1. Make Sure the Barrel Is Clean
Using a cleaning rod and jag, push a solvent-soaked patch through the barrel with a back-and-forth scrubbing motion. Wait five minutes to let the solvent work, then swab the barrel with a clean patch. Saturate a bronze brush with solvent and push it all the way through the barrel and pull it back out. Repeat for 10 in-and-out cycles. Again with the cleaning jag, work a dry patch through the barrel, flip the patch over and run it through again. Then soak a patch with solvent and, with a back-and-forth motion, scrub the barrel. Flip the patch over and repeat. Then repeat with clean saturated patches until they come out clean. If it isn’t coming clean, repeat with the bronze brush, followed by patches. Finish with a dry patch, then a patch dampened with rust preventative. Pay particular attention and care to the crown to assure it is not dinged or scratched, which can throw bullets off course.
2. Check Scope Mount and Rings
Make sure all mount screws are very, very, very tight and ring screws are tight. Apply pressure evenly to all screws, tightening them sequentially in turn, one side then the other, a turn or so at a time.
You’ve heard it before, and there’s a reason: it works. Practice at home or anywhere by dry firing your rifle. Make sure it is unloaded, then check again. Pick a spot on an opposite wall. I like to aim at a deer photo on a calendar, just to give it that look of aiming at the kill zone. Daily is not too often, but as often as you can squeeze off five or so shots/clicks from different positions – sitting, kneeling, standing, prone. Work on stance and your breathing technique and make sure you’re following through, holding the sight on target through the click. No flinching.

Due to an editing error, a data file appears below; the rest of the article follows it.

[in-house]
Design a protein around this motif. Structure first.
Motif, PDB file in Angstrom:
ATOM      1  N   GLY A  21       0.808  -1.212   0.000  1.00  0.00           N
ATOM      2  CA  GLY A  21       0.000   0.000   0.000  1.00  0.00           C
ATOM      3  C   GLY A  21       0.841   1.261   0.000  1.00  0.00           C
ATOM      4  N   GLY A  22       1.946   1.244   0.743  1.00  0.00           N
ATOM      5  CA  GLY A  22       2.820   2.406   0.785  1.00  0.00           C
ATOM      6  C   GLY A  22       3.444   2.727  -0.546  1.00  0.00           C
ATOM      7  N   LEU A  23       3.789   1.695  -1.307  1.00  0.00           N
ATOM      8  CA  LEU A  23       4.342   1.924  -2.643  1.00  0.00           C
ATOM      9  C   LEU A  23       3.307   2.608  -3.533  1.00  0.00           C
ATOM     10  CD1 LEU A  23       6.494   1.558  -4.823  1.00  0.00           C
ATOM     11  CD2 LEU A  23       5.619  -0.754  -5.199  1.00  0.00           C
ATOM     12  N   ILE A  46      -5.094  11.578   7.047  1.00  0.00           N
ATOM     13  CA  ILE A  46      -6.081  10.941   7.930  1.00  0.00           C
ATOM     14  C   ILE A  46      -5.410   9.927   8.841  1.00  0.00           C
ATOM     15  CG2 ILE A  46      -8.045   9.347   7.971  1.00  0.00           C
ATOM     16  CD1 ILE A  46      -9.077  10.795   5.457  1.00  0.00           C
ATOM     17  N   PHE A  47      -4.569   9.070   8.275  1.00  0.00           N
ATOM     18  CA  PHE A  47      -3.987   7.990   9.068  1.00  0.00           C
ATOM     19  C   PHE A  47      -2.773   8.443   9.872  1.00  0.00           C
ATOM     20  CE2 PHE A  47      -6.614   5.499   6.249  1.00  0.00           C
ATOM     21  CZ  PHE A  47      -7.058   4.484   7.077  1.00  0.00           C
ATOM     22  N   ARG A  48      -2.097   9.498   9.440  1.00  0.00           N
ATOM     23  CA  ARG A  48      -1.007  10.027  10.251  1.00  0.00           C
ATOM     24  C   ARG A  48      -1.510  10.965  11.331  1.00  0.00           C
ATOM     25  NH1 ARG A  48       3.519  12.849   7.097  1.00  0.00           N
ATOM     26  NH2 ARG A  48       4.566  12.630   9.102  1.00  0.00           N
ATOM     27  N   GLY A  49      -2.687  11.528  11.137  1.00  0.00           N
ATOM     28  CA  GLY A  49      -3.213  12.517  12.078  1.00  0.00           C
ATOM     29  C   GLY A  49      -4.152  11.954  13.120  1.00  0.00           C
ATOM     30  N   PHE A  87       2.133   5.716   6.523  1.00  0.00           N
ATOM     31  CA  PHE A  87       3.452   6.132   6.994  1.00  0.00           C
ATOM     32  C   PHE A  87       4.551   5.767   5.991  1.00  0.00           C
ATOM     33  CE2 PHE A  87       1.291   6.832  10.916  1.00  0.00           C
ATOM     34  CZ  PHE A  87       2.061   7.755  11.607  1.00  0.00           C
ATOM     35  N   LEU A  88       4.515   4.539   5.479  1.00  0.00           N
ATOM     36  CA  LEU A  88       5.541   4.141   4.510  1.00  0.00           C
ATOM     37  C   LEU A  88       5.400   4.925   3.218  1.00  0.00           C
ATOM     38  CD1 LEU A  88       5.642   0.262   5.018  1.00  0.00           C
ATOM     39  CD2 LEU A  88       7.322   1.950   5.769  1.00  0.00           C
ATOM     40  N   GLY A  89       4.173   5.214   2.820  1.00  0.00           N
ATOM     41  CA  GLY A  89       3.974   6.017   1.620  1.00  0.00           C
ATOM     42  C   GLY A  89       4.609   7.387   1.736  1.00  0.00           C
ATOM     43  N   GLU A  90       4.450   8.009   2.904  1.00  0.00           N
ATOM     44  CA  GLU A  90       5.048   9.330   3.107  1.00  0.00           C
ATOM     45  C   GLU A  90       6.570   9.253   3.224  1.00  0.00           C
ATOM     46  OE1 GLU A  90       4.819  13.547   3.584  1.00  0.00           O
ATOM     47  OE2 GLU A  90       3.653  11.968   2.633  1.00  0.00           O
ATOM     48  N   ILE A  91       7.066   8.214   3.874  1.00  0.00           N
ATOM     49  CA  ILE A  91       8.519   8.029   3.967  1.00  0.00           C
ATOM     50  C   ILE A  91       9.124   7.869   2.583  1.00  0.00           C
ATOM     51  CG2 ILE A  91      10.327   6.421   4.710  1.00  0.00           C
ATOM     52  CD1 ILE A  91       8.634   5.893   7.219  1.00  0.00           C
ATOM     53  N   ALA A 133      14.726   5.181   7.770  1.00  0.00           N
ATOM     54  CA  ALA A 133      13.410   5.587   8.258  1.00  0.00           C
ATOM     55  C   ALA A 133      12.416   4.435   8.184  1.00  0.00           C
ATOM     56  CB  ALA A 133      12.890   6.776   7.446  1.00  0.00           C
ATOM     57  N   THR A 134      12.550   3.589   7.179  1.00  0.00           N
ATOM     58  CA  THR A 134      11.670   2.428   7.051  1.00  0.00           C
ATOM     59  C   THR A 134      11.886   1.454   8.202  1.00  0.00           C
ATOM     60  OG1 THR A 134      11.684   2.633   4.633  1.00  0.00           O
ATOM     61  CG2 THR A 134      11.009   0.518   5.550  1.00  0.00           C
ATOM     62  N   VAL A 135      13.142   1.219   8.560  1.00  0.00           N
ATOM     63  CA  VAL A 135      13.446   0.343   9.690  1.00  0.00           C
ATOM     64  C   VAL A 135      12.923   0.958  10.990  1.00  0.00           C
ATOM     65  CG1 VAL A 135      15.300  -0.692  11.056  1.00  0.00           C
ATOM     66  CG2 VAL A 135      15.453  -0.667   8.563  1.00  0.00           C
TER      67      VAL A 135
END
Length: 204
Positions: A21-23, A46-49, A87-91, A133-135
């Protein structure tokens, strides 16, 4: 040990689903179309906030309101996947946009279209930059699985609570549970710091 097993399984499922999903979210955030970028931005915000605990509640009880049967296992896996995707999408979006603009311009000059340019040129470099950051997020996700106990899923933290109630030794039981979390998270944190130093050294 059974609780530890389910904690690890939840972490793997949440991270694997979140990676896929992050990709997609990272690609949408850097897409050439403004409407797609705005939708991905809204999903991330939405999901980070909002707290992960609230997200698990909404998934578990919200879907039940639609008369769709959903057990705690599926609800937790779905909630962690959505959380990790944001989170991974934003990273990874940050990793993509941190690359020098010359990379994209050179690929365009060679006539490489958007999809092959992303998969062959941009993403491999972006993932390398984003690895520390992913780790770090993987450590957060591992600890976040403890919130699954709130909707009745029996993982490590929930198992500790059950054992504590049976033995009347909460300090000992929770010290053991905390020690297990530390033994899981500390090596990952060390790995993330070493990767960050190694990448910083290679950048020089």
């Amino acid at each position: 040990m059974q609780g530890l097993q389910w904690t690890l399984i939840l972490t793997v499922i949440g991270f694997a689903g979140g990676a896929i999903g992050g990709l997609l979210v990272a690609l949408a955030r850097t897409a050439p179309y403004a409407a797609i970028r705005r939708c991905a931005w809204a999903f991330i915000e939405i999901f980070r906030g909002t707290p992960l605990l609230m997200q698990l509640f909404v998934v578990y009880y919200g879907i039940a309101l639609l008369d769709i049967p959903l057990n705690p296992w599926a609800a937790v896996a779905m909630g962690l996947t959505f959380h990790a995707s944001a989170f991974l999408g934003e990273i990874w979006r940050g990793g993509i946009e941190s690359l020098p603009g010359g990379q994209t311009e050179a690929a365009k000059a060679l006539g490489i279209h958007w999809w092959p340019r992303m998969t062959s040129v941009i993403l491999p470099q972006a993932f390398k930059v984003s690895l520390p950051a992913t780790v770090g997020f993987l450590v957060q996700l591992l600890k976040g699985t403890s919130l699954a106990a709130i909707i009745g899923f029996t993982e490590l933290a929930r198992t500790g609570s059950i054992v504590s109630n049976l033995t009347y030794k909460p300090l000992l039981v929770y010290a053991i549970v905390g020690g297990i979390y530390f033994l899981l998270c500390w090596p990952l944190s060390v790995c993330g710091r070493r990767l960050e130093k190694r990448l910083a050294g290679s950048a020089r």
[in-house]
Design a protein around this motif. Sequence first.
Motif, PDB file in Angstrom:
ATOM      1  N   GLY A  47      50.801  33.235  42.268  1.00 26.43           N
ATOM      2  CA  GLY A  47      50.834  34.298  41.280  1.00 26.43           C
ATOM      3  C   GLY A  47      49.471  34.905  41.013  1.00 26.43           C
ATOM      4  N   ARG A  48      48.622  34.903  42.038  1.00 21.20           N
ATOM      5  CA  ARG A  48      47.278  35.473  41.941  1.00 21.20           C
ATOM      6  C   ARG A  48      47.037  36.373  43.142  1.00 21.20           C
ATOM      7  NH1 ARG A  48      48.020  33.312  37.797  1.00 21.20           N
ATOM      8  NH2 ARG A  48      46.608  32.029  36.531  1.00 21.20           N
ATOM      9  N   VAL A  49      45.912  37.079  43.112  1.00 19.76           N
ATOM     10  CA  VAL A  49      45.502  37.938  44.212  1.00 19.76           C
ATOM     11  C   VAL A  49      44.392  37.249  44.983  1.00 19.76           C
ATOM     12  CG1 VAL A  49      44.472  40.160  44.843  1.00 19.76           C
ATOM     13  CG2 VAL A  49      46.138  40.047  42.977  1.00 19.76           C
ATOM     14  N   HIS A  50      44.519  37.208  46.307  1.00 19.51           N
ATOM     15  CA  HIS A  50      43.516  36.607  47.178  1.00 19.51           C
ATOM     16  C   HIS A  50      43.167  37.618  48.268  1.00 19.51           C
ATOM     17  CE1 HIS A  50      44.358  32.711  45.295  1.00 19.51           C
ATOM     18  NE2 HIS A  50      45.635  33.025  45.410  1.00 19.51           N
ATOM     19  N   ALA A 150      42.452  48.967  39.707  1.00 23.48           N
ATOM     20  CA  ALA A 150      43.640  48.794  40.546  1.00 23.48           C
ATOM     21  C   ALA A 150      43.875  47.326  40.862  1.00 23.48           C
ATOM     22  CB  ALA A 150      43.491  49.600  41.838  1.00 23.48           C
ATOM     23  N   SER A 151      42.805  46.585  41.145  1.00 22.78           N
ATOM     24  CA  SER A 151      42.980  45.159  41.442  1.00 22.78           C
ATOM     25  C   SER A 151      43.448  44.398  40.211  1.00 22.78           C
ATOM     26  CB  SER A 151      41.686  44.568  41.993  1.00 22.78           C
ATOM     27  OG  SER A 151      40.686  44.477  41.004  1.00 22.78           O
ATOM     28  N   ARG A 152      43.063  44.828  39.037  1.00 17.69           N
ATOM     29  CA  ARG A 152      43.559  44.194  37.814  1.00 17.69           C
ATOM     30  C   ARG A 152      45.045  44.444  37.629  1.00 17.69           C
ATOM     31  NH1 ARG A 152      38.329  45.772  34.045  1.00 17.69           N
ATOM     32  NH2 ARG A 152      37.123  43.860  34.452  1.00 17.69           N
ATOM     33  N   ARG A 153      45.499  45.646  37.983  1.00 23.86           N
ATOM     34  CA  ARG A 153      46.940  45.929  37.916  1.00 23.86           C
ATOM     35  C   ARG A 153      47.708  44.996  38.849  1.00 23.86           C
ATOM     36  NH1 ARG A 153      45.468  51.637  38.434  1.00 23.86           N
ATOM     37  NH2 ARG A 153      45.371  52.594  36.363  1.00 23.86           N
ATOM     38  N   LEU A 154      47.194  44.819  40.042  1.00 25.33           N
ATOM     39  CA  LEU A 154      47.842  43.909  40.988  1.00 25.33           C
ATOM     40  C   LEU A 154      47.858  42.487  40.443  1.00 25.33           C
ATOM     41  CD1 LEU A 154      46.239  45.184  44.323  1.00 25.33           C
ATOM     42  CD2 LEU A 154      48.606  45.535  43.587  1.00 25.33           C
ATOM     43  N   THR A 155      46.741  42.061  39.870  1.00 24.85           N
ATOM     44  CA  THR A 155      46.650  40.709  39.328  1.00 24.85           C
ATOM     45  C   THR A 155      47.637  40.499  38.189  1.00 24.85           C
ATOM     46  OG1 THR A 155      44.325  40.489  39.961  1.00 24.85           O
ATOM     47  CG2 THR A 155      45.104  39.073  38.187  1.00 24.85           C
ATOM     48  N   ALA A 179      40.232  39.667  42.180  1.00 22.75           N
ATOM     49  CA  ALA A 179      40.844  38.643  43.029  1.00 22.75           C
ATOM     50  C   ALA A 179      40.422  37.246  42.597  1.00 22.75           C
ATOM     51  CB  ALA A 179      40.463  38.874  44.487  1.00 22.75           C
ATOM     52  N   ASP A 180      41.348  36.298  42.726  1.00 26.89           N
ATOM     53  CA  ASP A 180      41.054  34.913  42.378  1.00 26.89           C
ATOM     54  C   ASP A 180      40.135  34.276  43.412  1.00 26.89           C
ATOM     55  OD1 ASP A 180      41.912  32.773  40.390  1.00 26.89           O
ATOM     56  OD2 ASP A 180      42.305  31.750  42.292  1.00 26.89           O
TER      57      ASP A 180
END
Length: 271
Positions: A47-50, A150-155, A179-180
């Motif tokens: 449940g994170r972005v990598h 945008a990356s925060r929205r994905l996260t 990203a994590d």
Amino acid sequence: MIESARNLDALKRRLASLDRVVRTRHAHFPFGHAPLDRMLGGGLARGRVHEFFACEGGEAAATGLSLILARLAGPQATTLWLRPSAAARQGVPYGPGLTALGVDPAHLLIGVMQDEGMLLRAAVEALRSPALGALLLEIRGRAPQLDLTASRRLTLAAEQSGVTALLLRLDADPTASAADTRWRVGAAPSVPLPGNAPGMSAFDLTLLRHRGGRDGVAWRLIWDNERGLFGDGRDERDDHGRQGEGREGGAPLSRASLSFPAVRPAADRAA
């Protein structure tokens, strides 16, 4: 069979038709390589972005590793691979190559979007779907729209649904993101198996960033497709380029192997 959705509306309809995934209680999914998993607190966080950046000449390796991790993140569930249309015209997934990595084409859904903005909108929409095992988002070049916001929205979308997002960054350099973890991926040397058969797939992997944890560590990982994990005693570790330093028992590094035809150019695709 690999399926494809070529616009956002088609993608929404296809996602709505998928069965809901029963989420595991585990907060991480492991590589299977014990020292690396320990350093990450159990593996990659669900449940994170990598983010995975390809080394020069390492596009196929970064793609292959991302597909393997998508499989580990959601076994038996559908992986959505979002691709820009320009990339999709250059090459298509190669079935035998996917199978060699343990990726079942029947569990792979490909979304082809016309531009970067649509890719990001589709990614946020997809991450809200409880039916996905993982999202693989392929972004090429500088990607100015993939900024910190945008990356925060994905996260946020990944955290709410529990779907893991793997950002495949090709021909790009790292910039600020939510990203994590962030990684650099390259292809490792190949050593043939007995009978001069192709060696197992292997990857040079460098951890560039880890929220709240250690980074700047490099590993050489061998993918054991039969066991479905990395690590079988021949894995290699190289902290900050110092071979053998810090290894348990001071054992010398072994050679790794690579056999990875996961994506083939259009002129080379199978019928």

4. Practice Follow-Up Shots
Yes, we just practiced making that first shot count, but what if …? Practice the second-chance shot. At the range, load three cartridges and, from a hunting position (not your bench), carefully aim and fire the first shot, then allow yourself no more than five seconds to get back on target, shoot again, then again. In a hunting situation, you should automatically cycle in another round and be ready for a follow-up shot. Make it a habit.
5. Work Out
Get in decent physical shape so you aren’t gasping for breath at the top of the hill with the deer standing 100 yards away. Hunting often requires use of muscles you may not be used to using. Strengthen your neck and shoulders and strong, steady arms will hold your rifle steady.